10. Miyazaki D., Nakamura T., Toda M., Cheung-Chau K. W., Richardson R. M., Ono S. J. (2005) Macrophage inflammatory protein-1α as a costimulatory signal for mast cell-mediated immediate hypersensitivity reactions. J. Clin. Invest. 115, 434–442 [PMC free article] [PubMed]
11. Toda M., Dawson M., Nakamura T., Munro P. M., Richardson R. M., Bailly M., Ono S. J. (2004) Impact of engagement of FcϵRI and CC chemokine receptor 1 on mast cell activation and motility. J. Biol. Chem. 279, 48443–48448 [PubMed]
12. Fifadara N. H., Aye C. C., Raghuwanshi S. K., Richardson R. M., Ono S. J. (2009) CCR1 expression and signal transduction by murine BMMC results in secretion of TNF-α, TGFβ-1, and IL-6. Int. Immunol. 21, 991–1001 [PubMed]
13. Laffargue M., Calvez R., Finan P., Trifilieff A., Barbier M., Altruda F., Hirsch E., Wymann M. P. (2002) Phosphoinositide 3-kinase γ is an essential amplifier of mast cell function. Immunity 16, 441–451 [PubMed]
14. Aye C. C., Toda M., Morohoshi K., Ono S. J. (2012) Identification of genes and proteins specifically regulated by costimulation of mast cell Fcϵ receptor I and chemokine receptor 1. Exp. Mol. Pathol. 92, 267–274 [PubMed]
15. Gaga M., Ong Y. E., Benyahia F., Aizen M., Barkans J., Kay A. B. (2008) Skin reactivity and local cell recruitment in human atopic and nonatopic subjects by CCL2/MCP-1 and CCL3/MIP-1α. Allergy 63, 703–711 [PubMed]
16. Richardson R. M., Pridgen B. C., Haribabu B., Snyderman R. (2000) Regulation of the human chemokine receptor CCR1. Cross-regulation by CXCR1 and CXCR2. J. Biol. Chem. 275, 9201–9208 [PubMed]
17. Groschwitz K. R., Ahrens R., Osterfeld H., Gurish M. F., Han X., Abrink M., Finkelman F. D., Pejler G., Hogan S. P. (2009) Mast cells regulate homeostatic intestinal epithelial migration and barrier function by a chymase/Mcpt4-dependent mechanism. Proc. Natl. Acad. Sci. U.S.A. 106, 22381–22386 [PubMed]
18. Shevchenko A., Wilm M., Vorm O., Mann M. (1996) Mass spectrometric sequencing of proteins silver-stained polyacrylamide gels. Anal. Chem. 68, 850–858 [PubMed]
19. Wilm M., Shevchenko A., Houthaeve T., Breit S., Schweigerer L., Fotsis T., Mann M. (1996) Femtomole sequencing of proteins from polyacrylamide gels by nano-electrospray mass spectrometry. Nature 379, 466–469 [PubMed]
20. Suckau D., Resemann A., Schuerenberg M., Hufnagel P., Franzen J., Holle A. (2003) A novel MALDI LIFT-TOF/TOF mass spectrometer for proteomics. Anal. Bioanal. Chem. 376, 952–965 [PubMed]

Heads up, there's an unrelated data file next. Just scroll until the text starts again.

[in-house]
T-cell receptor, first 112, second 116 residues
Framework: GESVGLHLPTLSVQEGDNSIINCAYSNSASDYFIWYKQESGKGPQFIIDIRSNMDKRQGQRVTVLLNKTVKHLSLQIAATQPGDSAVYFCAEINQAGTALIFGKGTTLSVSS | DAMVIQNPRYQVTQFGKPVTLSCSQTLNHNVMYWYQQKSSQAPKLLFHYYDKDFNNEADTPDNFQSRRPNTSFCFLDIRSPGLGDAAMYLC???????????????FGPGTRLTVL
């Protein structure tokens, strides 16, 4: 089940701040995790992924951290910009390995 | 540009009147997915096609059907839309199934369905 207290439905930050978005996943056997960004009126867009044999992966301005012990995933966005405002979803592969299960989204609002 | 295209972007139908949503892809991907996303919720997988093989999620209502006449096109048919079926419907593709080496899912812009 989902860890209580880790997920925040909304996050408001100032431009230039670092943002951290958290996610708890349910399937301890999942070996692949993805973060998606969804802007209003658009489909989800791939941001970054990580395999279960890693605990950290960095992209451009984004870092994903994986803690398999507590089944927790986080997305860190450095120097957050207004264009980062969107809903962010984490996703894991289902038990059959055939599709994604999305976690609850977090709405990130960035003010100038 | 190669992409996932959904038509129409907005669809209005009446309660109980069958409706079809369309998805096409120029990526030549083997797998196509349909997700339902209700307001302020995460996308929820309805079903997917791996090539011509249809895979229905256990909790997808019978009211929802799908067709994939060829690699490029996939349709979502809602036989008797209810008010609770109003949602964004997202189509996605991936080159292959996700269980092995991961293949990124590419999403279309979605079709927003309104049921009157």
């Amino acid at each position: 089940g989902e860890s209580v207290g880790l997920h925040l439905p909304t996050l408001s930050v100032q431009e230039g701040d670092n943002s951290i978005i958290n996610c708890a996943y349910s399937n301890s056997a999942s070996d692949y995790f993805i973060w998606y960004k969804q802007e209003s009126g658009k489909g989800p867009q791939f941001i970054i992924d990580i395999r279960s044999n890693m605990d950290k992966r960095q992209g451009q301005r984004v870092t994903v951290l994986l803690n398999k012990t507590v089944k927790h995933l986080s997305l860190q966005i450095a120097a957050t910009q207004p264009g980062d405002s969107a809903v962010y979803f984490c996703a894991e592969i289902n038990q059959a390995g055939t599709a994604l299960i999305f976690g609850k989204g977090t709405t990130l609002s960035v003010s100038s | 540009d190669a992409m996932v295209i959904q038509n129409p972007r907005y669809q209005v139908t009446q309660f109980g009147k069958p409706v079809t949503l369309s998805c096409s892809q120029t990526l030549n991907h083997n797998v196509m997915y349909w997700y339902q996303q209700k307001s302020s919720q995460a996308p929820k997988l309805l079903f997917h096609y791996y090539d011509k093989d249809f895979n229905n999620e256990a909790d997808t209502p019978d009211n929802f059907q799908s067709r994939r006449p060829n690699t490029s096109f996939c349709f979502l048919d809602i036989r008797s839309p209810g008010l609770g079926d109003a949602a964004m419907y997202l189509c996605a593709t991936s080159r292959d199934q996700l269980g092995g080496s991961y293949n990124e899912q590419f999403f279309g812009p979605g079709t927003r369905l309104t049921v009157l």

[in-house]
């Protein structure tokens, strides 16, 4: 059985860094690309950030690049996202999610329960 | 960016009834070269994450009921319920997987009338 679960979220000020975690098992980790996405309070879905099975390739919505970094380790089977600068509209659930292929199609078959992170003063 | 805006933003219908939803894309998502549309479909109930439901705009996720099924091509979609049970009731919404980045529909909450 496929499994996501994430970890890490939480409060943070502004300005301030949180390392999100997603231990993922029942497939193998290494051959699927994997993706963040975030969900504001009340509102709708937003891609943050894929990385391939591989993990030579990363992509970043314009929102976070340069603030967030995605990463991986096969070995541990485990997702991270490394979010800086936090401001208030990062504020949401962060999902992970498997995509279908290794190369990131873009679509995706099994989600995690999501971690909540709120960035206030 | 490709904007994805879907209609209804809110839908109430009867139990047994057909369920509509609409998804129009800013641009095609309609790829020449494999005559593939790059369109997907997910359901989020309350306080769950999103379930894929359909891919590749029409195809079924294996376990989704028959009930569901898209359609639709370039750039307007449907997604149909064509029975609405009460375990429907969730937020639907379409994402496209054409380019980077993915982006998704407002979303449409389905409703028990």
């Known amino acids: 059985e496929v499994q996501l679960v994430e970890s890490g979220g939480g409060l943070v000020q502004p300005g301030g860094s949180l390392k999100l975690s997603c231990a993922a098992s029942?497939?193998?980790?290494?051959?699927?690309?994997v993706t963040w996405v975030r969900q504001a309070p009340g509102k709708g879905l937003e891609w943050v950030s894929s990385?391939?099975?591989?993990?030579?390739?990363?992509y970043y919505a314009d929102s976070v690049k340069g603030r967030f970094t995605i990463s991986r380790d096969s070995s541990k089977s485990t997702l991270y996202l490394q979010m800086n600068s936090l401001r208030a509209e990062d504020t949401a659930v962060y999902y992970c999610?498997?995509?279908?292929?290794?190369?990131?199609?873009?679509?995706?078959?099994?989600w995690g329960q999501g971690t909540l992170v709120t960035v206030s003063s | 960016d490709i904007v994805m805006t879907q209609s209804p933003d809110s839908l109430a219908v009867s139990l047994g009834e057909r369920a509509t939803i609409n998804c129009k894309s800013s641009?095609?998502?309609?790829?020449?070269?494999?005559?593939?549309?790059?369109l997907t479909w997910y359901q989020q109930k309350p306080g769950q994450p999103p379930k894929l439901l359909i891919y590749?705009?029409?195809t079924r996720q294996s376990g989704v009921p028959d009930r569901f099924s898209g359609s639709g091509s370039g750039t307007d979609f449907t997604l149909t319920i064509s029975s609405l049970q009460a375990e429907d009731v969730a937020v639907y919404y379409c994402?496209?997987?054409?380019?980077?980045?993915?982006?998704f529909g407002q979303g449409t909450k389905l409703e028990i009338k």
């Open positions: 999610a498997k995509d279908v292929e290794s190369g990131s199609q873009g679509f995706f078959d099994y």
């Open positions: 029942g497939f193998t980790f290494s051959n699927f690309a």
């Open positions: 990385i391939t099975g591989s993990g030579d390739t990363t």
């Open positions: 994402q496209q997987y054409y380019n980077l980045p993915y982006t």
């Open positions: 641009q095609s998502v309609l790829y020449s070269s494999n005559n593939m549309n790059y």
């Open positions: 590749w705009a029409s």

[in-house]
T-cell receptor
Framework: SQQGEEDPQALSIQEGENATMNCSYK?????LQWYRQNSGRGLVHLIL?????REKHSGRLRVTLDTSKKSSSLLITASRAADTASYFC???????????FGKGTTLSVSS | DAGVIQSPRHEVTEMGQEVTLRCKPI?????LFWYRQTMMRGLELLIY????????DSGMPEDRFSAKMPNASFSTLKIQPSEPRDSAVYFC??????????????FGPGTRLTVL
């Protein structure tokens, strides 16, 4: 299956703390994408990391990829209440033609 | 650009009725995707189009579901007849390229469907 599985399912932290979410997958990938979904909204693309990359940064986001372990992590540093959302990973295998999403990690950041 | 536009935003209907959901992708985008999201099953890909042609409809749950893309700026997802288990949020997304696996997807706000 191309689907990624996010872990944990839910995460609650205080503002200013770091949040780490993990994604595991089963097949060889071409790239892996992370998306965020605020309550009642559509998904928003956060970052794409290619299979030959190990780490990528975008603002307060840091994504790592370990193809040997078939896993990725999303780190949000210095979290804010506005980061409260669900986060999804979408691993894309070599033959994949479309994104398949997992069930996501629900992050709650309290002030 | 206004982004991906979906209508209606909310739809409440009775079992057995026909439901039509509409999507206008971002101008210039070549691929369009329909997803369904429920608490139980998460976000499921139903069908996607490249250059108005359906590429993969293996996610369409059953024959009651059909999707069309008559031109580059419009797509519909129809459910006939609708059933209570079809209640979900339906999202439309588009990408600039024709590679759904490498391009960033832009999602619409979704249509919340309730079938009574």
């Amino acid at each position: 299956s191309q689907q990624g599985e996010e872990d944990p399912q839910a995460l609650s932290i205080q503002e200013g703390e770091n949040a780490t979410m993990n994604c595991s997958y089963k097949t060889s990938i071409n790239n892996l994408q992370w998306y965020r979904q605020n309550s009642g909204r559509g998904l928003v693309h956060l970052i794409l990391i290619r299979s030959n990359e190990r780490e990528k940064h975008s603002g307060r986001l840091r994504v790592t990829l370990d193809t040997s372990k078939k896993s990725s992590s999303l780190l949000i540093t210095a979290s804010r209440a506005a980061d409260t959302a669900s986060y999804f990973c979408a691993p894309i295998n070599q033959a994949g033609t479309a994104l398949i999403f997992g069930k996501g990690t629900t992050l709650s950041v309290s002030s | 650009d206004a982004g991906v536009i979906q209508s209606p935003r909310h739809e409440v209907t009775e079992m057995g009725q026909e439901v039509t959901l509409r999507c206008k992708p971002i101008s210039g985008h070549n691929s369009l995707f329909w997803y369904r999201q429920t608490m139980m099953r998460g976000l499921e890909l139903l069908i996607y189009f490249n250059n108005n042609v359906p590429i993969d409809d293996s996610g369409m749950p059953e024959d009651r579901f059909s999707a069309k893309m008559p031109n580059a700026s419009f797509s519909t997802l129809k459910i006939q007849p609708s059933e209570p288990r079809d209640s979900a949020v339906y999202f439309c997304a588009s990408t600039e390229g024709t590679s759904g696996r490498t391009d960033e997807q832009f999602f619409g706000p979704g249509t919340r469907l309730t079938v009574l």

21. Perkins D. N., Pappin D. J., Creasy D. M., Cottrell J. S. (1999) Probability-based protein identification by searching sequence databases using mass spectrometry data. Electrophoresis 20, 3551–3567 [PubMed]
22. Valgeirsdottir S., Claesson-Welsh L., Bongcam-Rudloff E., Hellman U., Westermark B., Heldin C. H. (1998) J. Cell Sci. 111, 1973–1980 [PubMed]
23. Tsujimura K., Ogawara M., Takeuchi Y., Imajoh-Ohmi S., Ha M. H., Inagaki M. (1994) Visualization and function of vimentin phosphorylation by cdc2 kinase during mitosis. J. Biol. Chem. 269, 31097–31106 [PubMed]
24. Yasui Y., Goto H., Matsui S., Manser E., Lim L., Nagata K., Inagaki M. (2001) Protein kinases required for segregation of vimentin filaments in mitotic process. Oncogene 20, 2868–2876 [PubMed]
25. Ogawara M., Inagaki N., Tsujimura K., Takai Y., Sekimata M., Ha M. H., Imajoh-Ohmi S., Hirai S., Ohno S., Sugiura H. (1995) Differential targeting of protein kinase C and CaM kinase II signalings to vimentin. J. Cell Biol. 131, 1055–1066 [PMC free article] [PubMed]
26. McDonald J. R., Finck B. K., McIntosh L. M., Wilson S. E. (2011) Anti-inflammatory approaches that target the chemokine network. Recent Pat. Inflamm. Allergy Drug Discov. 5, 1–16 [PubMed]
27. Chang L., Goldman R. D. (2004) Intermediate filaments mediate cytoskeletal cross-talk. Nat. Rev. Mol. Cell Biol. 5, 601–613 [PubMed]
28. Inagaki M., Nishi Y., Nishizawa K., Matsuyama M., Sato C. (1987) Site-specific phosphorylation induces disassembly of vimentin filaments in vitro. Nature 328, 649–652 [PubMed]
29. Eriksson J. E., He T., Trejo-Skalli A. V., Härmälä-Braskén A. S., Hellman J., Chou Y. H., Goldman R. D. (2004) Specific in vivo phosphorylation sites determine the assembly dynamics of vimentin intermediate filaments. J. Cell Sci. 117, 919–932 [PubMed]